This past June, IWCO Direct announced plans to increase its lettershop capacity by 35 percent, add capabilities to reduce cycle time, and provide products and services in support of complex personalization models for direct mail programs. To that end, the company invested more than $4 million on high-speed mailing equipment such as affixers, embossers, bindery lines and inserters. Also obtained was a fifth Siemens Dematic delivery-point bar code sorter (DBCS) for commingling.

Last month, IWCO Direct unveiled plans to establish a new high speed mail processing technology center on its main campus that is set to debut in January. According to Andersen, the center will boast new high-speed equipment and technology to foster the production of 30 to 40 million packages monthly.

Minnesota-based IWCO Direct is also pursuing an out-of-state acquisition that will benefit customers by adding proximity to population centers for its commingling services, Andersen reveals.

As for what 2005 holds for the direct mail sector, Quebecor World's Gargano is cautiously optimistic. "We will continue to monitor costs, particularly with postage and paper, and how any major increases may impact the market. The economy will also play a part since it impacts our clients' marketing efforts, as well as our own operations overall."

Stabilization on the Way

According to Cyze, Banta is optimistic that the momentum witnessed this year will translate into a 2005 that boasts stabilization in the marketplace. "After three years, the direct marketing industry is recovering from post-9/11 fears," he says. "In previous years, programs and campaigns were cancelled based on news alerts. Now, we're seeing companies stick with their long-term growth and marketing strategies."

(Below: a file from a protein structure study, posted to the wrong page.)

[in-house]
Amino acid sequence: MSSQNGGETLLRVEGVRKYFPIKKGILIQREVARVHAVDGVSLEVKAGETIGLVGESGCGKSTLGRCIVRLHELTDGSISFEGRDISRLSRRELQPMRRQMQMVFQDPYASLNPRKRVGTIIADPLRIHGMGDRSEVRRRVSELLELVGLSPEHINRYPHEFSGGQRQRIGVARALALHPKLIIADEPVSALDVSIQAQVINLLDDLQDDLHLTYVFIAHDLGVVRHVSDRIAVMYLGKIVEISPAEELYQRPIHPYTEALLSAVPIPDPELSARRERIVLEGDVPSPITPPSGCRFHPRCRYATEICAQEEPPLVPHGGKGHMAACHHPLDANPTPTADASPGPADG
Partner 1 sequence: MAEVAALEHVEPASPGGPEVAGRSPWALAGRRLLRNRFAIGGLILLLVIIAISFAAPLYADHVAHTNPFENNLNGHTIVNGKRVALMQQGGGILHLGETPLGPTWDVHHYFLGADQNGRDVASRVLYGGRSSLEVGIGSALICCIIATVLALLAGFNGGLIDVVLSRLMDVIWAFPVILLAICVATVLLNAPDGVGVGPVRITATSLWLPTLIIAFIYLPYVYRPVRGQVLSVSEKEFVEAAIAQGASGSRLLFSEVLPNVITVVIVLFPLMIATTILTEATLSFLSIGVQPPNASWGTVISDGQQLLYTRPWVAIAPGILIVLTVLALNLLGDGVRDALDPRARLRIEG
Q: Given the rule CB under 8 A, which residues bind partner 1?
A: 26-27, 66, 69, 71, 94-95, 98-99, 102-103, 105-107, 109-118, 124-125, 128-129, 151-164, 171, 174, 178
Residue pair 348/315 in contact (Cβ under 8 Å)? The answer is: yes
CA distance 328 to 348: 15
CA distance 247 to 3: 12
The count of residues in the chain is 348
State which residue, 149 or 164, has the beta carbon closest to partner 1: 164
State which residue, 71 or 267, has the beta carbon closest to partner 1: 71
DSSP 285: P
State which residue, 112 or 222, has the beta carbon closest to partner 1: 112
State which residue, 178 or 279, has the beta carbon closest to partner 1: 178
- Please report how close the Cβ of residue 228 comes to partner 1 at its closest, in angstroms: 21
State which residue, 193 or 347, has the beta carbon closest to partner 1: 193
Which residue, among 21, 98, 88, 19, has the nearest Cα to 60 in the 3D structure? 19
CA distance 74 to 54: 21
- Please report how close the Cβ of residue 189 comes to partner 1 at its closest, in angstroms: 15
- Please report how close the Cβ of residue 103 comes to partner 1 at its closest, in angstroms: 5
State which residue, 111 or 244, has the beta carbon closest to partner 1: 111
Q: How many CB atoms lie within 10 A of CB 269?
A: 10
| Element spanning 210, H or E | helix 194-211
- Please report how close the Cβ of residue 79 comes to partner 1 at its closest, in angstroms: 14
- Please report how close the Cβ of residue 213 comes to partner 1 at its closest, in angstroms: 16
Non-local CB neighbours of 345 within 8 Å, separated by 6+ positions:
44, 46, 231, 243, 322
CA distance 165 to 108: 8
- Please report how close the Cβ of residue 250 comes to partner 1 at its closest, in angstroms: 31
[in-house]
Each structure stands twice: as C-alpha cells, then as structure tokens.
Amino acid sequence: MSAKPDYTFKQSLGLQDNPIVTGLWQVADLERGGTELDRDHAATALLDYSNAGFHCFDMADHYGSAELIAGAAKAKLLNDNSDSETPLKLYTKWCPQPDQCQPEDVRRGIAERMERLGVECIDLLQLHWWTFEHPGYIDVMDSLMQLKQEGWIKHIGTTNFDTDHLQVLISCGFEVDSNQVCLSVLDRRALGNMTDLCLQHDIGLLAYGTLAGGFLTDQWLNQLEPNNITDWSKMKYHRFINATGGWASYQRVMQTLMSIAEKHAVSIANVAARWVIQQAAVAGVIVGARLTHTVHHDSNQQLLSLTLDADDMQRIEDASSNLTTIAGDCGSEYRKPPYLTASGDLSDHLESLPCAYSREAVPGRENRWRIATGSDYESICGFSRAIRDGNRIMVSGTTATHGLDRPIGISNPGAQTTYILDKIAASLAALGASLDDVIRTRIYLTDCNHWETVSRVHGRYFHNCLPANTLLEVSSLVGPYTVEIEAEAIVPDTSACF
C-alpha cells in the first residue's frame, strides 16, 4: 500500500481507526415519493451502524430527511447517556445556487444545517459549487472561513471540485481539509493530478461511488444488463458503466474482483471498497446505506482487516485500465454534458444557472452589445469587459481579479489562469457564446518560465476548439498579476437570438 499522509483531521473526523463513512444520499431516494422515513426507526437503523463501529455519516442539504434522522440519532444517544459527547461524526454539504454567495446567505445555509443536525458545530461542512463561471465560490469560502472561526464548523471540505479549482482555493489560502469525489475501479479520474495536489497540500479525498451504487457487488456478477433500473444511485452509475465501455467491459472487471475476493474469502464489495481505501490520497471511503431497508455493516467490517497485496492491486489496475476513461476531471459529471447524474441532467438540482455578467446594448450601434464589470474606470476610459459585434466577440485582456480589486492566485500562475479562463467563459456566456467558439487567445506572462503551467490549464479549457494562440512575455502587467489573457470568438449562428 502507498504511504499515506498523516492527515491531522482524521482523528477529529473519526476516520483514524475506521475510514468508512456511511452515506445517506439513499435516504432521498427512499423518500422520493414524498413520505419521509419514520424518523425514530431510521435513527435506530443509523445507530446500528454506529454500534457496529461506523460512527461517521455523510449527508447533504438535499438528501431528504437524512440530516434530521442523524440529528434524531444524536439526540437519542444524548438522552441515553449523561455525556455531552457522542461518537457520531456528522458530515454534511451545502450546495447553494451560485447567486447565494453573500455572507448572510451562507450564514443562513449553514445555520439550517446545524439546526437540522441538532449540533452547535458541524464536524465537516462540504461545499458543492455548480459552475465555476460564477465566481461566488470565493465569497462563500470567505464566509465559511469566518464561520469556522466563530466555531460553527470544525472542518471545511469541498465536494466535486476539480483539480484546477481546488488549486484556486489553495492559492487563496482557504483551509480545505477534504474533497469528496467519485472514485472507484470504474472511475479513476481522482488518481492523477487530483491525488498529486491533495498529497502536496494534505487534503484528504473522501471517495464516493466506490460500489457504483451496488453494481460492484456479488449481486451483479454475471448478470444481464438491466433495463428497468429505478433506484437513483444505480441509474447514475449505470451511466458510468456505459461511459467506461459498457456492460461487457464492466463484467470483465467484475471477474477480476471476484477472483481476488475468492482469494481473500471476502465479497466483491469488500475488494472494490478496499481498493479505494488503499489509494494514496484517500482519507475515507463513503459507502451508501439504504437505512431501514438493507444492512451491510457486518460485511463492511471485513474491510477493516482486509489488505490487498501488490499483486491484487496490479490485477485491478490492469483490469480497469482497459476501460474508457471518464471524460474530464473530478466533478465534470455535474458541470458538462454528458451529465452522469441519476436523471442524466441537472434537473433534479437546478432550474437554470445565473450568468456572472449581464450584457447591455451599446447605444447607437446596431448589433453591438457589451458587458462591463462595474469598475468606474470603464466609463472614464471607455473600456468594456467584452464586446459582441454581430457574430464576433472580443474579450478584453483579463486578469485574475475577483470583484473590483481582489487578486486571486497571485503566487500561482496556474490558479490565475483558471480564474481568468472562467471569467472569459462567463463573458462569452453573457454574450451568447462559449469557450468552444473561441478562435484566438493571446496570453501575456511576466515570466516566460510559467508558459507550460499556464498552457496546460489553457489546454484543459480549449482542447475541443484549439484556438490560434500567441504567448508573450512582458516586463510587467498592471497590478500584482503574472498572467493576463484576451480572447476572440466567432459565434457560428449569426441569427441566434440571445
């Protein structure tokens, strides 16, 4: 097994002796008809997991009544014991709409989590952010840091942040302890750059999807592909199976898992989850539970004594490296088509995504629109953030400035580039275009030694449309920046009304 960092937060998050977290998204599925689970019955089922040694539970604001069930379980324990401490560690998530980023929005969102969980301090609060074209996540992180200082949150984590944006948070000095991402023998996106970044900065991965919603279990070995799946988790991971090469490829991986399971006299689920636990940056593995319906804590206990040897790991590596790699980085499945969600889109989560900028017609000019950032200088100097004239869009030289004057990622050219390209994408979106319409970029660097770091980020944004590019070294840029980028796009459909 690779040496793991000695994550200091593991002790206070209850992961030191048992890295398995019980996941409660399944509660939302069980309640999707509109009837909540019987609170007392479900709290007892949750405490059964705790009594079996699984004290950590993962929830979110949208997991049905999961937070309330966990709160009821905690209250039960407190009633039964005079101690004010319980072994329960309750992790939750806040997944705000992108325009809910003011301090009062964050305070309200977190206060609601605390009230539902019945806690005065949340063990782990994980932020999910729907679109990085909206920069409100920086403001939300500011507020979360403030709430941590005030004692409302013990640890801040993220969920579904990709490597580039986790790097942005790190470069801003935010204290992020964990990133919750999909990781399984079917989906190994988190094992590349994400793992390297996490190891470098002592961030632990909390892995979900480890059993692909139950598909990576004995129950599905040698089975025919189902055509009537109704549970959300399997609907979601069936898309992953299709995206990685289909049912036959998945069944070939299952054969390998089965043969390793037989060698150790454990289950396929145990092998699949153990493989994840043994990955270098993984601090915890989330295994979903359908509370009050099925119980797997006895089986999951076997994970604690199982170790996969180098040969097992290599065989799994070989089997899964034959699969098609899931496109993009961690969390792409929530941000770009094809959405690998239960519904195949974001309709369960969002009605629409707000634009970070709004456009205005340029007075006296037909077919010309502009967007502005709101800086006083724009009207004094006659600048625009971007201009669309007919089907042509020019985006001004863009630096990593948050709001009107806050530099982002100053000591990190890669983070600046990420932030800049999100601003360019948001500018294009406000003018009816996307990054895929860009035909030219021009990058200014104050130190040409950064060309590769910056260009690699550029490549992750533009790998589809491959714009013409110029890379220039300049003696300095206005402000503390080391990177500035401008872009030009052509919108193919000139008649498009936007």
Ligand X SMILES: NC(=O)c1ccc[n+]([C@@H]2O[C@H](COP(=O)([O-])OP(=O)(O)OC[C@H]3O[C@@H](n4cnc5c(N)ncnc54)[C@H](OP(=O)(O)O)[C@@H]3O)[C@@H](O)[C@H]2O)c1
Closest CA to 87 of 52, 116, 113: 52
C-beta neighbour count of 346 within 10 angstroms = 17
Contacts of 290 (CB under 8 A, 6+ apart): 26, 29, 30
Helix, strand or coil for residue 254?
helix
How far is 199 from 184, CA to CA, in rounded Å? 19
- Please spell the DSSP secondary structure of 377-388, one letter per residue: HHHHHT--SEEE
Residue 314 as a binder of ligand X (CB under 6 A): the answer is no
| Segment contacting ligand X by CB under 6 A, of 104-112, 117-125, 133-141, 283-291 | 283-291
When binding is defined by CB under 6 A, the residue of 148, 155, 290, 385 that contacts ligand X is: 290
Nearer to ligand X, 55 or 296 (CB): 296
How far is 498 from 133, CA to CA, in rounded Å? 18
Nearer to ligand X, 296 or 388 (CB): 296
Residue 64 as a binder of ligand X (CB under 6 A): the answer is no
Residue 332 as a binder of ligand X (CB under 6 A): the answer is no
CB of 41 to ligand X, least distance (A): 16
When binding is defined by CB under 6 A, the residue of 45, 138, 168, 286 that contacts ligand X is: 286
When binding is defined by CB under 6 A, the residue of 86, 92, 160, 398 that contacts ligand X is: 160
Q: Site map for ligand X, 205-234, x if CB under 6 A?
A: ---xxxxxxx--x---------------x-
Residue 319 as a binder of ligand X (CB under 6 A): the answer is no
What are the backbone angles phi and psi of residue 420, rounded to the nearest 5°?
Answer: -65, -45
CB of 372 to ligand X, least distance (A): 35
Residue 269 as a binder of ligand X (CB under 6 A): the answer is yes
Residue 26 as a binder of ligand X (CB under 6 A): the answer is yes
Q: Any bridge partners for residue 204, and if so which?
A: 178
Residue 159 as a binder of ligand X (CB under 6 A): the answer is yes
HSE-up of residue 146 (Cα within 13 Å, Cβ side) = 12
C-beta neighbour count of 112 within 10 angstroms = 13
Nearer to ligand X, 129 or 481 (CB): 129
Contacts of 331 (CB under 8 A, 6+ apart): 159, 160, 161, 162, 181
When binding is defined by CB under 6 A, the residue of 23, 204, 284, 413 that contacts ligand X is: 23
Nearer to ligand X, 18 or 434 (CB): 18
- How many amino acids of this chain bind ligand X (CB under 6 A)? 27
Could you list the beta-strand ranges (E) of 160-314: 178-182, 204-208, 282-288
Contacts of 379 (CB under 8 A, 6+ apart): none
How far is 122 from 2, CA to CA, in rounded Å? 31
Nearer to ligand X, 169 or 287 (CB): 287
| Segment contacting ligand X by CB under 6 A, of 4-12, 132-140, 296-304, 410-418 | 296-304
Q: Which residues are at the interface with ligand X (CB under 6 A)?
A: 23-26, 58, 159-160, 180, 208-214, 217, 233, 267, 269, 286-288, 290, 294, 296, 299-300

Donnelley's Grote sees a tactical opportunity in the management of escalating paper prices, consumer privacy issues, fluctuating list quantities and postal costs. It is essential for printers to create and manage purchase agreements to protect their margins, he says, and Donnelley always seeks to make mailings more valuable to the customer.

"Direct mailers are struggling to find enough names to mail to these days, so quantities go down and, as a result, unit costs go up," Grote says. "It makes it harder for conventional mail packages to survive the ROI test.

"We focus on stronger direct mail strategy at the list-offer development and design stage to overcome the cost of the smaller quantity mailings," he adds. "Postal costs are stable for the moment, but again, customers are looking for ways to cut cost. So we do everything we can through our data processing and postal logistics solutions to give mailers the best options."

IWCO Direct's Andersen continues to see an expansion of programs in 2005 and feels direct mail is the best route for marketers seeking to acquire new customers, activate former clients and expand "share of wallet" with existing customers.